Lessons for authorities to learn from Dera Sacha Sauda violence | Column
Dera followers had been gathering in Panchkula and made elaborate arrangements. All this was allowed in spite of the state’s experience of its failure during the Jat agitation and added warnings of the HC.Updated: Aug 30, 2017 18:38 IST
Gurmeet Ram Rahim of Dera Sacha Sauda was facing some serious charges. The Central Bureau of Investigation (CBI) had carried out the probe, and the possibility of the dera chief being declared guilty was known to even the layman, leave alone the administration and intelligence agencies.
It was obvious that in the event of his conviction, his followers would create law and order problem. In fact, the followers were openly threatening to create mayhem in case Ram Rahim was convicted. No special effort was required to arrive at this simple conclusion. Consequently, there was no reason for the administration to be caught off guard.
In the first place, the administration should not have permitted assembly of nearly two lakh people in Panchkula, in spite of Section 144 of the CrPC being in force. Further, there is no logical reason to misinterpret this simple law and later find an alibi in clerical error.
The dera followers had been gathering in Panchkula over a few days and had elaborate administrative arrangements. All this was allowed to take place in spite of the state’s experience of its failure during the Jat agitation and the added warnings from the Punjab and Haryana high court. Politicians, of all hues had been paying obeisance to the dera chief and been seeking his blessings to garner votes of his followers. So how could they now act against him!
DCP made escape goat
While appropriate steps to stall the events leading to the mayhem at Panchkula should have been taken by the district administration, the responsibility to prevent situation getting out of hand in the state was that of the chief minister. However, in the end a deputy commissioner of police from Panchkula was made the escape goat and suspended for failure to perform his duty.
A cavalcade of nearly 200 vehicles was permitted to bring the dera chief from Sirsa to Panchkula. Some of the vehicles in this cavalcade are believed to have carried petrol bombs and weapons. How come Baba’s private security was allowed to accompany him when the escort was provided by the state?
Finally, did the intelligence agencies know that the loyalties of the guards, which the state government provided to Ram Rahim had been subverted, as they tried to assist his escape from court?
Why wasn’t army deployed in advance?
There is a need to look at the deployment and actions of state and central police. The Haryana government asked for over 120 companies of the central police. The simple question is as to why ask for companies and not the required number of battalions. In case these companies operate as part of their parent battalion headquarters, their ability to handle adverse situations would be far more effective and productive!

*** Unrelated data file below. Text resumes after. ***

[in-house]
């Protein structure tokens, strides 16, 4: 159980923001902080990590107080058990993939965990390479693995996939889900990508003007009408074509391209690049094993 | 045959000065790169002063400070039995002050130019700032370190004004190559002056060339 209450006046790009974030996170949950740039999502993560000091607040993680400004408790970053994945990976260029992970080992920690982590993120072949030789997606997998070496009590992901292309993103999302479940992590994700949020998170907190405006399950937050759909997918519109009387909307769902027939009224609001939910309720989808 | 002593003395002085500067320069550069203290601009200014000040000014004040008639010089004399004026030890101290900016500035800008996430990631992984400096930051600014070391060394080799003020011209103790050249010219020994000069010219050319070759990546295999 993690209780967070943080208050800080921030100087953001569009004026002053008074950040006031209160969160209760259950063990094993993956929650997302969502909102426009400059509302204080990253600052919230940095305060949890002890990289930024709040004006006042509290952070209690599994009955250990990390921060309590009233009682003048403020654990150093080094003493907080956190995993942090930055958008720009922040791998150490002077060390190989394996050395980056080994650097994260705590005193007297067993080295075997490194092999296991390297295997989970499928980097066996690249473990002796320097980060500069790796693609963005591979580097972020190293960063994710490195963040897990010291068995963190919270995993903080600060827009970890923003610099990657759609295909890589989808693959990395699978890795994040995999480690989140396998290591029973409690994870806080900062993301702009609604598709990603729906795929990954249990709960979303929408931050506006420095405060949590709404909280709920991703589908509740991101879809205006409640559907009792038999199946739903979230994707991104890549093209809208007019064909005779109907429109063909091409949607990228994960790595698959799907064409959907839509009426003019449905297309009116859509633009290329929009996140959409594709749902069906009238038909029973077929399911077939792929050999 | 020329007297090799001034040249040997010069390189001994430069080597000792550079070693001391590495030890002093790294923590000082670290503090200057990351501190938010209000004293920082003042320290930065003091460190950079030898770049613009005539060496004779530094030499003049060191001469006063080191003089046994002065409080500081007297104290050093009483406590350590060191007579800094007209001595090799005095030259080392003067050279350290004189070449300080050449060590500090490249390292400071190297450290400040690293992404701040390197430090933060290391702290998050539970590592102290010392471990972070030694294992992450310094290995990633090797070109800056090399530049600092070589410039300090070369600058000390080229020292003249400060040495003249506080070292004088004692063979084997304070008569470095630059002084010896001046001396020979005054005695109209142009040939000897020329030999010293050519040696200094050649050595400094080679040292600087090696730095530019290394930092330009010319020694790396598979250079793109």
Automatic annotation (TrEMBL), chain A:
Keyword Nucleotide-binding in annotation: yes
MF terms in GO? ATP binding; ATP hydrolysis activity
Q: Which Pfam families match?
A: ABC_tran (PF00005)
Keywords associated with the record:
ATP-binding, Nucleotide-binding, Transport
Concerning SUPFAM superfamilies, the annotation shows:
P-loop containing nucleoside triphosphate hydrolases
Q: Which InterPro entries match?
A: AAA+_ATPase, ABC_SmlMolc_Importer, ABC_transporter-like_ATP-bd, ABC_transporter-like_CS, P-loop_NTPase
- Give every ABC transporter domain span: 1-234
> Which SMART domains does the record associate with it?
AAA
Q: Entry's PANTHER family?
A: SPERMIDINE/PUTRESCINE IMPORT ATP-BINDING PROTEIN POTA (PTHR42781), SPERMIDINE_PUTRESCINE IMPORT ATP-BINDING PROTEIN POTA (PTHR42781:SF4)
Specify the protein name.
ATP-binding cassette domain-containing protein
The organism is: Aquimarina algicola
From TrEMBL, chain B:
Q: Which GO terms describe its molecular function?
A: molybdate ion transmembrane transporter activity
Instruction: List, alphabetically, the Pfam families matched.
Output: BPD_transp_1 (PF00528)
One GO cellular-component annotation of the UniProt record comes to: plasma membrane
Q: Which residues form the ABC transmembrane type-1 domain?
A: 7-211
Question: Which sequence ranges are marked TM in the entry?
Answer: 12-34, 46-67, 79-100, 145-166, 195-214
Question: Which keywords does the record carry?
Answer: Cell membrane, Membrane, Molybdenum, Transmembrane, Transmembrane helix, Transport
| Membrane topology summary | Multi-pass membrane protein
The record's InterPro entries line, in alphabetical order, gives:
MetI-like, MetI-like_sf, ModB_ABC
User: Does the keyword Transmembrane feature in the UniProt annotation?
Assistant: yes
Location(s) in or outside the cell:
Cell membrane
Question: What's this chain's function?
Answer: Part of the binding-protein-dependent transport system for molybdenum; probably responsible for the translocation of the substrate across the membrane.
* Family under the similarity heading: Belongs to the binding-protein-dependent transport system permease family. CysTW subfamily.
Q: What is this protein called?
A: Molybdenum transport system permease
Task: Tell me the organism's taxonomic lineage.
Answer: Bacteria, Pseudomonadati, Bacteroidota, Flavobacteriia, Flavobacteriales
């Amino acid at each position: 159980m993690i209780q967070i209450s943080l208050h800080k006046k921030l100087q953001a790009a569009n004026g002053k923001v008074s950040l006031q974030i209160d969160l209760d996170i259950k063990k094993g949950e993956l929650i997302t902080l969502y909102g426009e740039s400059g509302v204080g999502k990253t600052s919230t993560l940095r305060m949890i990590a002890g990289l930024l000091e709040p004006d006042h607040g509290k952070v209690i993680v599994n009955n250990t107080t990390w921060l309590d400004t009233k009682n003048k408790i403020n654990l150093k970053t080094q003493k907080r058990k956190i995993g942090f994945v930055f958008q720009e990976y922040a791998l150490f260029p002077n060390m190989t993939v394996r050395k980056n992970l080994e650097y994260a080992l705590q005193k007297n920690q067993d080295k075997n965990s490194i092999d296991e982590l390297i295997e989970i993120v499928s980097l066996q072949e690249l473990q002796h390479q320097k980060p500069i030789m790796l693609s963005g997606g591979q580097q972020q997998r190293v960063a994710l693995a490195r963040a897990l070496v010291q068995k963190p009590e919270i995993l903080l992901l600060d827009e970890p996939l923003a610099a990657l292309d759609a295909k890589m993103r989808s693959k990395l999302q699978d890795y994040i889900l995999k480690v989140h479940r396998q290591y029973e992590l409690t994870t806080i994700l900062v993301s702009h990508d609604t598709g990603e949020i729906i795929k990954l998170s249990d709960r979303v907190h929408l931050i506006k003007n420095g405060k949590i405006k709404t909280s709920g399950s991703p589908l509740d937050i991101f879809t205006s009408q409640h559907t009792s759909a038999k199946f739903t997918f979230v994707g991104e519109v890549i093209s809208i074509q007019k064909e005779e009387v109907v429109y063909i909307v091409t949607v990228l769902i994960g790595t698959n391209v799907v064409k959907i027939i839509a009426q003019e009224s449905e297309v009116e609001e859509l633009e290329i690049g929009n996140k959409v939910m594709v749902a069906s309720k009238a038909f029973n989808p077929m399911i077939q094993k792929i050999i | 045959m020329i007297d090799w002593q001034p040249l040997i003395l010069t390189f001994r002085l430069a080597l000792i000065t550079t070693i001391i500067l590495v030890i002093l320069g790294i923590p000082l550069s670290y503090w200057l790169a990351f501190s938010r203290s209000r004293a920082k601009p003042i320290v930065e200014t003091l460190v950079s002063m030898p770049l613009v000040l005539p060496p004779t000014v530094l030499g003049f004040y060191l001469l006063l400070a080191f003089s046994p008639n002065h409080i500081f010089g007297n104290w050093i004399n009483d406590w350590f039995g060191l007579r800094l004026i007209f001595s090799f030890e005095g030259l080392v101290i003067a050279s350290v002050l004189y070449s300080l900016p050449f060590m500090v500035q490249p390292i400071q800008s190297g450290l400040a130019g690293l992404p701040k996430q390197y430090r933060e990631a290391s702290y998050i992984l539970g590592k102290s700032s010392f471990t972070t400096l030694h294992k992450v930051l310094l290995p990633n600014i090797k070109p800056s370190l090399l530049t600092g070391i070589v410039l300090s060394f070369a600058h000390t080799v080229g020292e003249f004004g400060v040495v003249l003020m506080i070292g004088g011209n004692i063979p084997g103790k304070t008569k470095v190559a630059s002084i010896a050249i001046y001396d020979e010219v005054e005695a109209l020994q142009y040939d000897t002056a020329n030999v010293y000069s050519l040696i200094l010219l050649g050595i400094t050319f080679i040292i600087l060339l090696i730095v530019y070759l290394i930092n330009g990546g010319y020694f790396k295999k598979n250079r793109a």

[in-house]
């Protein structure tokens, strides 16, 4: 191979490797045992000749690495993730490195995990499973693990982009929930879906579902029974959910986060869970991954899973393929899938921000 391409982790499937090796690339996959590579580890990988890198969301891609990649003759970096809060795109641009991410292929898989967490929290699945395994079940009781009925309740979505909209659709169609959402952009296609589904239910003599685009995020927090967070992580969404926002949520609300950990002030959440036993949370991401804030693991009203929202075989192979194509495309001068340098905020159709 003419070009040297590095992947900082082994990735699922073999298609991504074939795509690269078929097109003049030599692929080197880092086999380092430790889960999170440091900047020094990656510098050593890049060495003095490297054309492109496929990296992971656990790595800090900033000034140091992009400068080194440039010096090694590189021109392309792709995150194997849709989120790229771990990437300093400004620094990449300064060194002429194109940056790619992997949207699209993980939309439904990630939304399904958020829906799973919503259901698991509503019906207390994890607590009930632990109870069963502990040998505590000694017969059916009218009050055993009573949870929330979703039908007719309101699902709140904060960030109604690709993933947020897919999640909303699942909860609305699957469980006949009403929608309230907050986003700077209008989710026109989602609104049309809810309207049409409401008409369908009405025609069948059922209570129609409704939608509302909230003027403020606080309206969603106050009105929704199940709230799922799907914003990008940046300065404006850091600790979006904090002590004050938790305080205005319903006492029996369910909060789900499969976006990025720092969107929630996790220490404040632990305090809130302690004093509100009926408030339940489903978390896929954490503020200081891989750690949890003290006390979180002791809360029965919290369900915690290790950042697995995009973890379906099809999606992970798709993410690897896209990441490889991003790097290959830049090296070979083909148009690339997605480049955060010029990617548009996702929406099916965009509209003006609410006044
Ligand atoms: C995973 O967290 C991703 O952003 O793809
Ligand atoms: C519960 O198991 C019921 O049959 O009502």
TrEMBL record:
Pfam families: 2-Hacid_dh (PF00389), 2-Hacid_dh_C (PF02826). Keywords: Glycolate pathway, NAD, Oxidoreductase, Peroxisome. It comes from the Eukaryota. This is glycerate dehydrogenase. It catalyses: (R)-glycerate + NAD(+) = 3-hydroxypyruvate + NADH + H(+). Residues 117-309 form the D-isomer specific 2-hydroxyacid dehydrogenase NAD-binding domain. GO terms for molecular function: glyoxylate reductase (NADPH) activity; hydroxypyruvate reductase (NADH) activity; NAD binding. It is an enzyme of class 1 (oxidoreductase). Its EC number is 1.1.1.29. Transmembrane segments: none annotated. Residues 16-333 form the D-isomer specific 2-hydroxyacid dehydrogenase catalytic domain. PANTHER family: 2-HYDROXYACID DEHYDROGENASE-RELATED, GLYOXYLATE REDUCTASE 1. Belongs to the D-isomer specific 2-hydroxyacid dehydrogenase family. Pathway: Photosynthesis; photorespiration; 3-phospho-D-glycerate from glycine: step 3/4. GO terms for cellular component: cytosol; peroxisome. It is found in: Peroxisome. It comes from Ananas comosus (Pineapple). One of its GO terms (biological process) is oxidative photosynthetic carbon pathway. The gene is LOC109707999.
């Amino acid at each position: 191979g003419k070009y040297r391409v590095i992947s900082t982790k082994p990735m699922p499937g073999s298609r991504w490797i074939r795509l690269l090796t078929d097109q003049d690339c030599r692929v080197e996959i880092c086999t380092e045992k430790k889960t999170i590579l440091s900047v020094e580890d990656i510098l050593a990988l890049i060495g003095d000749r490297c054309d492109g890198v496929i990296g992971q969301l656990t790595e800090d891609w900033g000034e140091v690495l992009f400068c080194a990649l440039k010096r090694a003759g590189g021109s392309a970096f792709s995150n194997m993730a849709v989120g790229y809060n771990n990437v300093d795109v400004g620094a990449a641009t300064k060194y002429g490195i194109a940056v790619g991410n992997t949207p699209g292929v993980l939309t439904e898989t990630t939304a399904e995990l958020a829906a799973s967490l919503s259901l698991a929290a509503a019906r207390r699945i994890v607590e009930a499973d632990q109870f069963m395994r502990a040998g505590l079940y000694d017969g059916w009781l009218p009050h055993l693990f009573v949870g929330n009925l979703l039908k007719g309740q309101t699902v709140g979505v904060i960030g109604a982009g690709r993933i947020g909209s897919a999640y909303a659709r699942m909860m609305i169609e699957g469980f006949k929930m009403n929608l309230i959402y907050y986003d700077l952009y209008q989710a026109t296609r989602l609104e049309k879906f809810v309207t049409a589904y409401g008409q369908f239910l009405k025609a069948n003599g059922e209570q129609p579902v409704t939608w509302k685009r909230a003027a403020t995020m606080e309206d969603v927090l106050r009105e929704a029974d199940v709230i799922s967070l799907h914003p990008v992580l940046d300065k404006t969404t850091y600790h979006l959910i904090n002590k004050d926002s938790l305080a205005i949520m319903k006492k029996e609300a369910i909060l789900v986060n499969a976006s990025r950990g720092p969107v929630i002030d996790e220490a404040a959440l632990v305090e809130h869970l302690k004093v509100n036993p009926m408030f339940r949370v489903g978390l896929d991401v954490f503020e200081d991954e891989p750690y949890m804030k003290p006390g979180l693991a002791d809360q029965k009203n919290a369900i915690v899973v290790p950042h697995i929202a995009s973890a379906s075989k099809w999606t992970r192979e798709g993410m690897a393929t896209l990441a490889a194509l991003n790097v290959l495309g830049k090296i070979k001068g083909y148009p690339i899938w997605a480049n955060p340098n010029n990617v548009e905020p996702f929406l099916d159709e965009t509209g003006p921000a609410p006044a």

The real reason for demanding companies is because they get special allowances. So the imperative for proper command and control and efficient implementation of allotted task becomes secondary while the requirement of special allowances becomes paramount. Thus, there exists this convenient arrangement between the state governments and central police to milk the exchequer: in any manner. These special allowances are not sought by the army as it would impact performance if companies are deployed as independent entities.
The second issue is the inappropriate deportment, casual appearance, drill and slouchy movements on display by these policemen, which had no impact on the mob. The sight of police and paramilitary personnel running for their dear life, terrified as they were of the mob, makes for a sad visual. On the other hand, military, though similarly armed as these policemen, on such tasks, has the necessary salutatory effect and very often do not have to use force to sober down an unruly crowd.
Unfortunately, the central police have been copying military’s uniform including badges of ranks, resulting in confusion among the mob as to their true identity. Though there are rules that no one can copy any item of army uniform, but this rule is openly flouted.
The fallout of this is that the salutary effect, which military always had on unruly mobs, has somewhat diminished. It may be recalled that during the Jat agitation, one saw the sad spectacle of army columns carrying large posters to let people know that the column was of the military and not some central police. This situation needs to be corrected and if the central police organisations cannot be made to shed military’s camouflage uniform, then the military may seriously consider going back to olive green.
Need serious introspection
The other related issues are as to how Z-level security was give to one charged for rape and murder? How the intelligence agencies did not know the goings on in the Sirsa dera where a number of weapons without licence were seized later. Also why police is shooting to kill rather than incapacitate the rioters?
Finally, time and again it has been seen that the civil administration collapses at the first sign of serious trouble, be it major law and order problem or natural disasters. This aspect of functioning of the civil administration needs serious introspection.
(The writer is a former deputy chief of army staff and commentator on defence and security matters. Views expressed are personal)